It’s possible to check out reviews of the local hostels and hotels in the locations that you will be travelling to on sites such as Hostelbookers and Hostelworld and you can book well in advance to avoid disappointment.
If you are on the hunt for super bargain accommodation then you can try couchsurfing for free or even a home stay (where you stay with a local family).
Decide how to pay for it
Travelling is a costly business, so if you don’t have savings, you’ll probably have to work while you’re away. You could work in a bar, teach English as a foreign language, or put the skills you learned at university to good use with a more specific job.
Do bear in mind though that it might not be as easy as picking up work on the first day that you arrive, so work out your budget carefully so you know that you can cover accommodation and travel until you find something.
If you are really keen then you could ring places ahead to see if they have any vacancies. A top tip is to ask hostels if they need any help in return for free accommodation.
Write an itinerary
As soon as you start to plan your trip, make sure that you start a list of everything that you’ll need. Every time you think of something new just add it to the list.
If you put in the work now it means that packing will be a doddle and there’ll be no last minute dashes to the shops to pick up a sleeping bag protector (we bet you just added that to your list).
We can’t stress the importance of getting travel insurance. These days it’s not too expensive (from around £100 for 12 months) and offers piece of mind.
You might think you are saving by not getting insurance but you might regret it down the line (getting ill in America could cost you £10,000+ without insurance).
Just make sure that you check the fine print to see what you will actually be covered for and how much excess you will have to pay.
Sort out Spending Abroad
There’s a few ways to spend money abroad. You will want to avoid using your bank card abroad and no-one wants to carry around a year’s worth of money in their bag. There’s a few options for graduates which include:
Credit Cards – These days there are a lot of credit cards that you can use abroad and they are the safest and cheapest way to get money on demand. The only problem that you might face is if you don’t have a good enough credit score to get accepted for one.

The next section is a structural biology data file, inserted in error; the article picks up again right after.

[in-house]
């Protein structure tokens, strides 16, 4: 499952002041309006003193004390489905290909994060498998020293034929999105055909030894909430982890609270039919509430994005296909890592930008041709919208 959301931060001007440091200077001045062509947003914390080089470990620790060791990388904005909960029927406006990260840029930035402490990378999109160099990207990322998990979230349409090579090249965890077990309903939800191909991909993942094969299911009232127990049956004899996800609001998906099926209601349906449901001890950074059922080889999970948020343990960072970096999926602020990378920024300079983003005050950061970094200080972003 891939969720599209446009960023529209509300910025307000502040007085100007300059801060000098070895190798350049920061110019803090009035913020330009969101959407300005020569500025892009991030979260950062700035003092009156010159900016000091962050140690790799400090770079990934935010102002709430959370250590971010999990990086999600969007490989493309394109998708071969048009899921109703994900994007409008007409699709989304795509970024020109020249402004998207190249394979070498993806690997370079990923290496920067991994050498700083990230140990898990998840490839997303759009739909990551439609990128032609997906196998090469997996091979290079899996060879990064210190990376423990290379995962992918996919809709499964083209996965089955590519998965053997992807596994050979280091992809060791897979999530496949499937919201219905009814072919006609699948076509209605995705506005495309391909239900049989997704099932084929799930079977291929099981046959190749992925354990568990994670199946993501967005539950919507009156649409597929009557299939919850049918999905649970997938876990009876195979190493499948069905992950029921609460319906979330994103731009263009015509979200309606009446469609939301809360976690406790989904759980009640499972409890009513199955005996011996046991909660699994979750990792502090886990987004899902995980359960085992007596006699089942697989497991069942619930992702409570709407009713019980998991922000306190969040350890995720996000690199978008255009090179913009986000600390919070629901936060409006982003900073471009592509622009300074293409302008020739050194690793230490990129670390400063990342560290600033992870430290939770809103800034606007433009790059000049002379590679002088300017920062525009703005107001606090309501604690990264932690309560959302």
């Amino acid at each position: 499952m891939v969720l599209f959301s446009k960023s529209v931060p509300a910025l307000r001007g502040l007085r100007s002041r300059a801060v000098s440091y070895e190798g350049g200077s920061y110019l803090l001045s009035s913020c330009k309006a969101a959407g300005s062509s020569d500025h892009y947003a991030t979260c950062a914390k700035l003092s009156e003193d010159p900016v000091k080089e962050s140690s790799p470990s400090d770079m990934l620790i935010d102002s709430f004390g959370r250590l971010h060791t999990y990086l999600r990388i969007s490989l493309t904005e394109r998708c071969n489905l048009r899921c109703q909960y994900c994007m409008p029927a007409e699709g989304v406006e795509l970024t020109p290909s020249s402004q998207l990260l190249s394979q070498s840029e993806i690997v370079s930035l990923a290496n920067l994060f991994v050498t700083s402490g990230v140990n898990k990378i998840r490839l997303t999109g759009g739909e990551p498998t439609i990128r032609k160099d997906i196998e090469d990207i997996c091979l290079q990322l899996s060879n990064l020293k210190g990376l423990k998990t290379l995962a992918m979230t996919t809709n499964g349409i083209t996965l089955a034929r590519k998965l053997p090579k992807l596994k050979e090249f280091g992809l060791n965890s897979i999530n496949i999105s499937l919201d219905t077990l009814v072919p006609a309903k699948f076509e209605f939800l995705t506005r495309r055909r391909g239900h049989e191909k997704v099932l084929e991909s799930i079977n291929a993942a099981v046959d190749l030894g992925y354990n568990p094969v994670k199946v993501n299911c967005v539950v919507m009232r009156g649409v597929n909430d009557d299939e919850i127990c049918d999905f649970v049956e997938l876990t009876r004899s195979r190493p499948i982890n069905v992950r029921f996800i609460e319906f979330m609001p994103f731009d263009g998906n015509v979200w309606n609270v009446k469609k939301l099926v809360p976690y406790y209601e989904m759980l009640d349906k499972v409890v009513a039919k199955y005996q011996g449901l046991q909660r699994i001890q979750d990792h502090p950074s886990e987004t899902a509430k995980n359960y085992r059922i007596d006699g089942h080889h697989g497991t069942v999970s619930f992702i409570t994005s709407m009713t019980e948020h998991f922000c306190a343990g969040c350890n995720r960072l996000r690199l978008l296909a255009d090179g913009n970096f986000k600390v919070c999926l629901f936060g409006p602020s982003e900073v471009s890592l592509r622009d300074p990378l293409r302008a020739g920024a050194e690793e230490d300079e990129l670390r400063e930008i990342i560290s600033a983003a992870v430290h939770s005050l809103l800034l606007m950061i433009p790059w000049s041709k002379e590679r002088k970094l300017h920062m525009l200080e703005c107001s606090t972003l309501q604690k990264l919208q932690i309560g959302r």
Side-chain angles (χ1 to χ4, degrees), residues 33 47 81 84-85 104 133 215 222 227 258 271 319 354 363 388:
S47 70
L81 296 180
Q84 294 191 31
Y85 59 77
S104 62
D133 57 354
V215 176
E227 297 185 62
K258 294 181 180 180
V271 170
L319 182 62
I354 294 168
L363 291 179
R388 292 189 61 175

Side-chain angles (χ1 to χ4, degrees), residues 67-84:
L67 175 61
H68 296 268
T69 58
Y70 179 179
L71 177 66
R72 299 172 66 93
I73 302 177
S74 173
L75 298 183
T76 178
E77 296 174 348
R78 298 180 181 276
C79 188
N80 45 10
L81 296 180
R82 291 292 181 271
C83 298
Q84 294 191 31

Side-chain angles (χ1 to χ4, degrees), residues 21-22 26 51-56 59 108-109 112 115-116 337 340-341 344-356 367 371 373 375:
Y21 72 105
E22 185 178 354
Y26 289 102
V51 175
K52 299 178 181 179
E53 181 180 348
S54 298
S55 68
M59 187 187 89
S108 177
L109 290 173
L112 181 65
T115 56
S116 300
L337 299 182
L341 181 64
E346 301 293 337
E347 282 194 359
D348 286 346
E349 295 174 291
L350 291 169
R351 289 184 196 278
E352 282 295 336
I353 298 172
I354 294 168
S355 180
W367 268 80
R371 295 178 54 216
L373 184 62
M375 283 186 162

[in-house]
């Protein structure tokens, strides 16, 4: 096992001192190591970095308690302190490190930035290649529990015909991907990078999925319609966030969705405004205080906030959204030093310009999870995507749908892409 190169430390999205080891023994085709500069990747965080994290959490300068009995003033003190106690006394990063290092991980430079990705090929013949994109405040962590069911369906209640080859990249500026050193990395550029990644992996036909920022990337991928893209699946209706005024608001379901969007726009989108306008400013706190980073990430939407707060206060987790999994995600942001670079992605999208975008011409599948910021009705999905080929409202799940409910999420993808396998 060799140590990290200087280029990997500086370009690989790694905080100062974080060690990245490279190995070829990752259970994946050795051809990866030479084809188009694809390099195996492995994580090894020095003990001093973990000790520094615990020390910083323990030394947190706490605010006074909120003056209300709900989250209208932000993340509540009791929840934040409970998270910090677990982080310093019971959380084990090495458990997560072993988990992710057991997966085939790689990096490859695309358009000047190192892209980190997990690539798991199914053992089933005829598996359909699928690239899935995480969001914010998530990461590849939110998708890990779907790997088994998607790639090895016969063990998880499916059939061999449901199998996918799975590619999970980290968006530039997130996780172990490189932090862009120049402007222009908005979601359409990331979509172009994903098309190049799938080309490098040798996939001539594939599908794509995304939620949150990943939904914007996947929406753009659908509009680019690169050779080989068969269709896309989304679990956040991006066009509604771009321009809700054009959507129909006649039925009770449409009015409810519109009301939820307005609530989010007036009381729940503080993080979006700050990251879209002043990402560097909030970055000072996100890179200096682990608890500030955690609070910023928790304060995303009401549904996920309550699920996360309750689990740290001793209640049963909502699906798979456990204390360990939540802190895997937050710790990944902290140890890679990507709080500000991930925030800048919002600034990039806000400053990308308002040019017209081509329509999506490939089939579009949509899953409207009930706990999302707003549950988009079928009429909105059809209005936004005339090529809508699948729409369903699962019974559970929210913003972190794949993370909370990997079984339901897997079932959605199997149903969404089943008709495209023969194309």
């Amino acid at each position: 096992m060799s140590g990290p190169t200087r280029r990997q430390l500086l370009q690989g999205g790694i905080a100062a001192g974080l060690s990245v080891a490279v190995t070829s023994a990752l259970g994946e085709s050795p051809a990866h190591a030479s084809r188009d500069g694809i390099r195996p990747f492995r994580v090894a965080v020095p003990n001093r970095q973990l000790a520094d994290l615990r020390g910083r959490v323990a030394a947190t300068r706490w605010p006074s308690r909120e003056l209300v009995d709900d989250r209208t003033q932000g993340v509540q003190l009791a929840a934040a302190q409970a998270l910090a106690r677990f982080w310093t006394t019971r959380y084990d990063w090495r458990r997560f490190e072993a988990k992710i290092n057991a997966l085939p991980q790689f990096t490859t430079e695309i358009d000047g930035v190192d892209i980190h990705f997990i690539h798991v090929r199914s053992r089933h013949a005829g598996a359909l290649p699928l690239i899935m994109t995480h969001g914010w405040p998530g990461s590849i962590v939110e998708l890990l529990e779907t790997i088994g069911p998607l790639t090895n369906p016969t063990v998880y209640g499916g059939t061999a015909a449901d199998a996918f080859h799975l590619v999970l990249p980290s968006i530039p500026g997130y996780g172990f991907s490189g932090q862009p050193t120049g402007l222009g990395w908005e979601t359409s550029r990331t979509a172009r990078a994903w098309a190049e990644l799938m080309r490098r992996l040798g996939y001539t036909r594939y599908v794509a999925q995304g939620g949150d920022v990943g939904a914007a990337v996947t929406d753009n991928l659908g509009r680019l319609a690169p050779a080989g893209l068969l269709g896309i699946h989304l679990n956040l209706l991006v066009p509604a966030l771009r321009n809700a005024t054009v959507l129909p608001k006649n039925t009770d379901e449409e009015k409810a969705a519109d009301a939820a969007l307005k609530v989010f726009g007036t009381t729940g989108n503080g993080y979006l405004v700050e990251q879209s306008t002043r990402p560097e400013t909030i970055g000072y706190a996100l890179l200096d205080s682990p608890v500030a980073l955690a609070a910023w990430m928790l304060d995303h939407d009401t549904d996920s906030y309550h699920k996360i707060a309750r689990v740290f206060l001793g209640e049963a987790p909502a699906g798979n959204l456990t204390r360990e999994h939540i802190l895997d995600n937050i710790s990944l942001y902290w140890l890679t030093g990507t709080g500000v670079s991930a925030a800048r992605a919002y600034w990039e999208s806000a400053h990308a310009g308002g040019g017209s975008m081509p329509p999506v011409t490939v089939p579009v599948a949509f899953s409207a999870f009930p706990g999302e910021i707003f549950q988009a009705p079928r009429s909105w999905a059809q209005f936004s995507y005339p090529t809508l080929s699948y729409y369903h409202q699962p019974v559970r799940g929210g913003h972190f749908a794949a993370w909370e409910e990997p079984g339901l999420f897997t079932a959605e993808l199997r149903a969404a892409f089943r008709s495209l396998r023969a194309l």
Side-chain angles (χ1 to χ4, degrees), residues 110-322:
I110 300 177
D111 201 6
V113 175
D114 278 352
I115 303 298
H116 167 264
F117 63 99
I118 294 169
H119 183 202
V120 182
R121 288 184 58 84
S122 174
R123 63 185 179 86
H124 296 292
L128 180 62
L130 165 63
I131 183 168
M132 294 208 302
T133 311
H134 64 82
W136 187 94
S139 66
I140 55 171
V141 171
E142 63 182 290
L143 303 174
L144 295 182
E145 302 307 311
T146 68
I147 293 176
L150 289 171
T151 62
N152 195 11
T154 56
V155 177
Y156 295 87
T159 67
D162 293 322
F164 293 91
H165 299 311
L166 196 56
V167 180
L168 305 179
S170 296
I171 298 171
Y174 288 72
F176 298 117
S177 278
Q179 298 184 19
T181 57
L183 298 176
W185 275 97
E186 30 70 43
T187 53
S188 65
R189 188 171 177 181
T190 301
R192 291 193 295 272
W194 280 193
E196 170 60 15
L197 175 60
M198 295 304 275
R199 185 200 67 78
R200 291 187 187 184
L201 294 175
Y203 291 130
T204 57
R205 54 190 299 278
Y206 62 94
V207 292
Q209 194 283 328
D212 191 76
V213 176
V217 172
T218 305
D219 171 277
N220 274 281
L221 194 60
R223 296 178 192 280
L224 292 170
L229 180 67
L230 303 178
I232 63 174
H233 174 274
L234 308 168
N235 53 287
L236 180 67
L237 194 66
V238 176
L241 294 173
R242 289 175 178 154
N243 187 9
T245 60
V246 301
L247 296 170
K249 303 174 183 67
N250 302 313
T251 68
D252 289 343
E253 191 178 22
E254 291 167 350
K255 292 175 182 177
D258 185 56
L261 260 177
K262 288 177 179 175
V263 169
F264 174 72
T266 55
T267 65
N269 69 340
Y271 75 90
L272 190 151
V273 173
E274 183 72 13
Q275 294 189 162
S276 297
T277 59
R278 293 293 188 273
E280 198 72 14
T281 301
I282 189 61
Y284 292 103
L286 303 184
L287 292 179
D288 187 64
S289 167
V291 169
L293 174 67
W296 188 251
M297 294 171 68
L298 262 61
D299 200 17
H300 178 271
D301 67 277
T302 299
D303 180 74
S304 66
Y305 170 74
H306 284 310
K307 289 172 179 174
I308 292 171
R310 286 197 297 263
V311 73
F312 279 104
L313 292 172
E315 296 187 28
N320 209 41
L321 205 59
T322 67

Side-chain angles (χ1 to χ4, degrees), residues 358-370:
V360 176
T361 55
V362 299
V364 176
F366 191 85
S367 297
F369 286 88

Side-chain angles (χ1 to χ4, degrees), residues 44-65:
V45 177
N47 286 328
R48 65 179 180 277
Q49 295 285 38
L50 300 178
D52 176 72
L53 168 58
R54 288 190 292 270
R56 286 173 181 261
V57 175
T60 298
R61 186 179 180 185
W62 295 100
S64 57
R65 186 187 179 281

Pre-paid Cards – If you don’t manage to get a credit card then a prepaid card is the second best option. They are pretty easy to use. You get a card, load it up with your money and then use it abroad like a debit card.
Travellers Cheques – This option is becoming less and less popular but it’s still safer than carrying cash. Watch out if you are going to somewhere remote though as you may not be able to convert them to cash out in the sticks.
Cash – It’s always worth having a little bit of cash handy when travelling. If you can, try to take some spare £s and $s as well as the local currency of the countries you will be visiting.
For those that are scared of needles and the doctors in general, look away now!
Depending on where you plan to travel you will most probably need to get yourself vaccinated. Make sure you check out which vaccinations you need and get the done early as some need to be administered at least 6 weeks before you travel.
The great news is that most of the vaccinations are free on the NHS and if you want you can pay extra to cover yourself for more. It’s definitely worth it because getting ill while you travel can ruin your whole experience.
Find out which vaccinations you’ll need on the Fit for travel website.
Sort out an International Mobile SIM
If you’re anything like most students/graduates you won’t even want to imagine life without a mobile phone. After all, you need it for those important things like calling home, meeting up with new found friends abroad or… playing angry birds.
Keeping your current phone contract is definitely not a good idea as the likelihood is that it will charge extortionate rates for international texts, calls and roaming.
The first thing you need to do is decide on the phone that you will take with you and then make sure that it’s unlocked (some companies like 3 will do it for around £10).
Once your phone is unlocked you can buy a global SIM for around £30 which offer great value international calling rates.
Make sure you will be safe
Your gap year should be fun, but you can never be too careful when it comes to your personal safety.
Think about the practicalities of staying safe while travelling. Where will you keep your cash? Will you need to carry any medications? What will you do in the case of emergency? No one wants to think about the worst scenarios, but it’s essential to consider these questions before you set off.
This is a lot to take in but don’t let the planning take away from the fun of your travels.
Remember that it’s all about you and travelling can be flexible.
Are you thinking of taking a gap year? What steps are you taking to make sure that you’re organised?